How did we get here?
Center for Perfection Studies • The Big Board–Little Universe Project • Everywhere • June 2017 •
|History: Throughout our recorded history, we all take sides. Often unwittingly we commit to an idea, and then it becomes us versus them. Yet, most often there are elements of truth on both sides. Science, particularly cosmology, is no different. There are winning teams and losing teams.In the early part of 1970s, the two prevailing models of the universe were the Big Bang theory (with roots back to 1931, Georges Lemaître and 1939, George Gamow) and the Steady State theory with its roots deep within Cambridge University in 1948 to Hermann Bondi (Trinity), Thomas Gold (Cavendish) and Fred Hoyle (Institute for Astronomy). By the late 1970s the big bang theory began commanding more attention. By the early 1990s, it was dominant, and then it became abundantly confident.
Yet, there have remained unanswered questions. And, over time, it now seems that neither side was totally right. Yet, though both captured some element of the truth, a better model is needed.
|The naïveté of high school. Many of our readers know about our work. Beginning in December 2011 we backed into a very simple, mathematical model of the universe from within our high school geometry classes. Though unlikely to be a comprehensive model, anything is possible.
Idiosyncratic and very simple. This model emerged from studying embedded geometries (tetrahedrons and octahedrons), base-2 exponentiation, Zeno’s paradoxes, and the Planck units. The result — there are just over 202 doublings — base-2 exponential notations from the Planck units to the Age of the Universe and the Observable Universe. Here is the power of 2. The first second of creation is between notations 143 and 144. The next 58 notations bring us up to this present day, current hour, and this very second.
This simple mathematical model is a scripting program for the big bang, but, the starting point is the opposite of “infinitely dense” and “infinitely hot.” This model starts with the infinitesimal Planck Time and Planck Length as well as Planck Mass and Planck Charge. Each doubling of these four Planck units, notation after notation, defines all the phenomena of the big bang theory except there is no bang per se. It defines a natural inflation. It is 100% predictive. It outlines the cosmological epochs more pointedly than the big bang theory. It mimics cellular reproduction. It includes everything for all time and in all space. Simple, elegant, comprehensive, it is a basic mathematical platform that can readily incorporate and support all other mathematics.But then, it does so much more. It opens up possibilities and probabilities. While still infinitesimal, it creates space for philosophies (even ethics), and the mind (even sleep). It gives homogeneity and isotropy a platform. It also gives dark matter and dark energy a foundation. And, most importantly, it redefines the infinite in ways that might open dialogues about universals and constants, the ultimate and eternal, first within the sciences, then between science and philosophy, then between science and religion, and maybe even between different religions.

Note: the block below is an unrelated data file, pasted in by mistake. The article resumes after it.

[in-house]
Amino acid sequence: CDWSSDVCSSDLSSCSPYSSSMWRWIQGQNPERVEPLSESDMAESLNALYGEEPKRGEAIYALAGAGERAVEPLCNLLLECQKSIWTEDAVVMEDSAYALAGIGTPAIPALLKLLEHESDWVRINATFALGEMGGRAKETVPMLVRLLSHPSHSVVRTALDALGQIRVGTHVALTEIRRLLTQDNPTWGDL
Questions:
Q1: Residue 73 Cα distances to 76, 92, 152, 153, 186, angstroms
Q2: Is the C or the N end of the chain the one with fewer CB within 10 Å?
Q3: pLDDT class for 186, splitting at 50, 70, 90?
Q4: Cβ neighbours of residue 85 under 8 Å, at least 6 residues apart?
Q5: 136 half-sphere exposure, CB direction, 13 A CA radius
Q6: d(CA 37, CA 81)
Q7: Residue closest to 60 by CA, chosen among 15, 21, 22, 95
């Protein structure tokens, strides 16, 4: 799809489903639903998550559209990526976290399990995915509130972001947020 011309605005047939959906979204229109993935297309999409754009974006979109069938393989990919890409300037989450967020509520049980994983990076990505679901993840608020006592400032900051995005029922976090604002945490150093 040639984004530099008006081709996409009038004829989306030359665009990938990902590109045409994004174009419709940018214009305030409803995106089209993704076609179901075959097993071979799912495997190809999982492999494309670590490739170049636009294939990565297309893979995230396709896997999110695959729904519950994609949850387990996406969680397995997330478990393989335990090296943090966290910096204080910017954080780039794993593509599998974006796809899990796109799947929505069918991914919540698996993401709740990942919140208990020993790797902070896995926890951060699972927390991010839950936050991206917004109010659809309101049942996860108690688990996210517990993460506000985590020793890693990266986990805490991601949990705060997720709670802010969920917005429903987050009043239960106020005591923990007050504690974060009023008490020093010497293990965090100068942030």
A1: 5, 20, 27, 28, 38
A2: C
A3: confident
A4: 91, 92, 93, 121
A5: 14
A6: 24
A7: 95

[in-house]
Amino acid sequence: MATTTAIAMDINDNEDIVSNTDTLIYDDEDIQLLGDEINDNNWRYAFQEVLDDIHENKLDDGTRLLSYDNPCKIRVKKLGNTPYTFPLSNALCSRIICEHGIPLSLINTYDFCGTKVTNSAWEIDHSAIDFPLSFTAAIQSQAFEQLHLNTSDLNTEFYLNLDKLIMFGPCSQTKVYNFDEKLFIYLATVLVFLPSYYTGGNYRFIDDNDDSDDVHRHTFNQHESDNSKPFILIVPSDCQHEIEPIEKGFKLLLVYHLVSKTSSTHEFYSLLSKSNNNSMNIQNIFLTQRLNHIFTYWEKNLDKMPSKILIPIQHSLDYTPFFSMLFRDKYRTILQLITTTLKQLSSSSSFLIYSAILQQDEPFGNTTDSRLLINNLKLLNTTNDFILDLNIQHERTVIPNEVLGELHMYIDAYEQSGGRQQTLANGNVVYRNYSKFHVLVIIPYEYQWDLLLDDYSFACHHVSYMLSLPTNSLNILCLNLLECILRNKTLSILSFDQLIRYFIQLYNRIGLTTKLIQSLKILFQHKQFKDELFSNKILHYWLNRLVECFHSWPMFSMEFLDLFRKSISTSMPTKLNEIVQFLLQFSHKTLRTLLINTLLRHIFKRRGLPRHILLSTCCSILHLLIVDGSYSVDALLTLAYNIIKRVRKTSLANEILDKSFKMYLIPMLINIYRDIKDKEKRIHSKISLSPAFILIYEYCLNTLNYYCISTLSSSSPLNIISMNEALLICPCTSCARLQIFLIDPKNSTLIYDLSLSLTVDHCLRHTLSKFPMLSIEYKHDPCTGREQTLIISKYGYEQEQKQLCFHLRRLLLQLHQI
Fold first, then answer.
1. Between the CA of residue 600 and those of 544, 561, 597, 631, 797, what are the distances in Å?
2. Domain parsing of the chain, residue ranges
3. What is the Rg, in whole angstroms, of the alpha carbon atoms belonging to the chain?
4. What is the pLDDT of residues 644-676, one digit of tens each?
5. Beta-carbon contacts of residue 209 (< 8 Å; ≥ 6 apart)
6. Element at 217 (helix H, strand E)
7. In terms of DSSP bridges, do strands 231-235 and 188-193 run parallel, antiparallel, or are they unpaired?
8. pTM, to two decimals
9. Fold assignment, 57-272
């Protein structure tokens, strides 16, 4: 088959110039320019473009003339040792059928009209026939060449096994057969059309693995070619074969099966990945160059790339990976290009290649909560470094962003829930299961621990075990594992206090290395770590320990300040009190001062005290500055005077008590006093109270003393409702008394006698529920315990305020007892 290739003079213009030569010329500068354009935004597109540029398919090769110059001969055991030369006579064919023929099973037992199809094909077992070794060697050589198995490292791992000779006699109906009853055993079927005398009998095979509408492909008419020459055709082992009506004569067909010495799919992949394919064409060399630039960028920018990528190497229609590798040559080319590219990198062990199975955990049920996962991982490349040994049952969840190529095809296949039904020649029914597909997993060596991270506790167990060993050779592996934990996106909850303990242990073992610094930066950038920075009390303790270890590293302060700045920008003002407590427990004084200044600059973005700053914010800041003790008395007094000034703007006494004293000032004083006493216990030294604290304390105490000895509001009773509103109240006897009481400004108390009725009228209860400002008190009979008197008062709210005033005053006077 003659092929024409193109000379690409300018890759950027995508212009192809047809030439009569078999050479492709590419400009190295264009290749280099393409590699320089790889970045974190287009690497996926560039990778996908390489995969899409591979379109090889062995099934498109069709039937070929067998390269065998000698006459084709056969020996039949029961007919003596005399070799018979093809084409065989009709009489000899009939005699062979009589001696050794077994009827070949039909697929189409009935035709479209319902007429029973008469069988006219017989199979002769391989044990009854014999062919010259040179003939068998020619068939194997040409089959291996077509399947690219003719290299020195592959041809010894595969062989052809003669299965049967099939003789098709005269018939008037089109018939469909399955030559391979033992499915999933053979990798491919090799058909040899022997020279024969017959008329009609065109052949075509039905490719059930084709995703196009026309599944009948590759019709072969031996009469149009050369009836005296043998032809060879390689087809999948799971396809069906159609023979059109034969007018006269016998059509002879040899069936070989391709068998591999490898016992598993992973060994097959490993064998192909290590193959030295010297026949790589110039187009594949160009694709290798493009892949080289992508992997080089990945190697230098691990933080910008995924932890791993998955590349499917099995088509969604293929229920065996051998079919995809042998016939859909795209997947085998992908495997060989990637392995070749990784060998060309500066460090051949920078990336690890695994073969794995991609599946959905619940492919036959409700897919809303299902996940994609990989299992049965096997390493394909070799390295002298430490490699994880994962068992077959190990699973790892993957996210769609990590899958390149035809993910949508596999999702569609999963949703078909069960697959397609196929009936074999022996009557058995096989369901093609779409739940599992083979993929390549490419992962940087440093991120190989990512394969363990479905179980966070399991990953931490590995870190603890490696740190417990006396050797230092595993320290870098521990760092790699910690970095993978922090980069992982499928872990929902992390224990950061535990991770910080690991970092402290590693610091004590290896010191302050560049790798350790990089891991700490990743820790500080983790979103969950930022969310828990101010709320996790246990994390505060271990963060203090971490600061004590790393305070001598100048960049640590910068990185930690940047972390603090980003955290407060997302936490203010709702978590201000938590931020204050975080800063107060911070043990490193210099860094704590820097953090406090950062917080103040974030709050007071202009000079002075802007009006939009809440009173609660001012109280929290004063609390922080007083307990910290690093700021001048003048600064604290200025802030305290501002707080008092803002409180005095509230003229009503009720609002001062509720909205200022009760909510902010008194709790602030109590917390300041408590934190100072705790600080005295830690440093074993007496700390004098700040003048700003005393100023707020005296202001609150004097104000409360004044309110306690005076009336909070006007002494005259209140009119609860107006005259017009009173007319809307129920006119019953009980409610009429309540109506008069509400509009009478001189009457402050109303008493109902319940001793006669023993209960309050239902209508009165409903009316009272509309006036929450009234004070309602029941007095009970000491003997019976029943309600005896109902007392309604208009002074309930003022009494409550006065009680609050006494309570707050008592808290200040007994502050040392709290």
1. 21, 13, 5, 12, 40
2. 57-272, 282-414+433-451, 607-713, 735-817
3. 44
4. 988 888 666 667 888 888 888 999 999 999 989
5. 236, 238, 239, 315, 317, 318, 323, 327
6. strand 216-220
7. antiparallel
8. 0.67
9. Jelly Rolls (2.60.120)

Why didn’t the academics and scholars find this simple little model?
Planck Units: In the six years from conception to publishing, 1899-1905, Max Planck worked with five universal physical constants to define an essential reality and base platform for measurement. The result was four Planck base units: Planck Time, Planck Length, Planck Mass and Planck Charge that were “…properties of nature and not from any human construct.” Although engaged by many over time, the Planck numbers did not command basic respect across the entire scientific community. Not until 2001 when Frank Wilczek (MIT, Nobel laureate 2004) wrote a series of three articles for Physics Today, Scaling Mt. Planck, did I, II, III, these Planck units begin to move beyond numerology into wide-scale acceptability.
By that time, the big bang theory had gained the high ground. Nobody thought to follow simple nested or combinatorial geometries back to the Planck Length. Nobody thought to multiply the Planck units by 2. It took a huge amount of naïveté and almost no knowledge of cosmological models to bias one’s point of view. It also required attempt to discount our commonsense view promulgated by Isaac Newton that space and time are absolute and to begin to adopt a relational model as suggested in 1715 by Leibniz.
Today, there are three simultaneous research projects to define this model more completely:
• Measuring an Expanding Universe Using Planck Units (work in progress)
• The Thrust of the Universe: What is it? (work in progress)
• Visualizing the Universe (work in progress)
We invite your comments and questions about our simple, highly-integrated, mathematical model of the Universe.
Thank you. – Bruce Camber
Let’s talk and let’s get to work!
• An Integrated Universe View: What is your expertise? There are many blanks within many cells — over 2000 of them in the entire chart — so, we assume it will always be “under construction.”
June 12, 2017: We believe the big bang backfired and that it is breaking up.
June 13, 2017: We’ve put the big bang on ice to explore a simple model of the universe
June 20: Put the big bang on ice so we can explore a more simple model of the universe.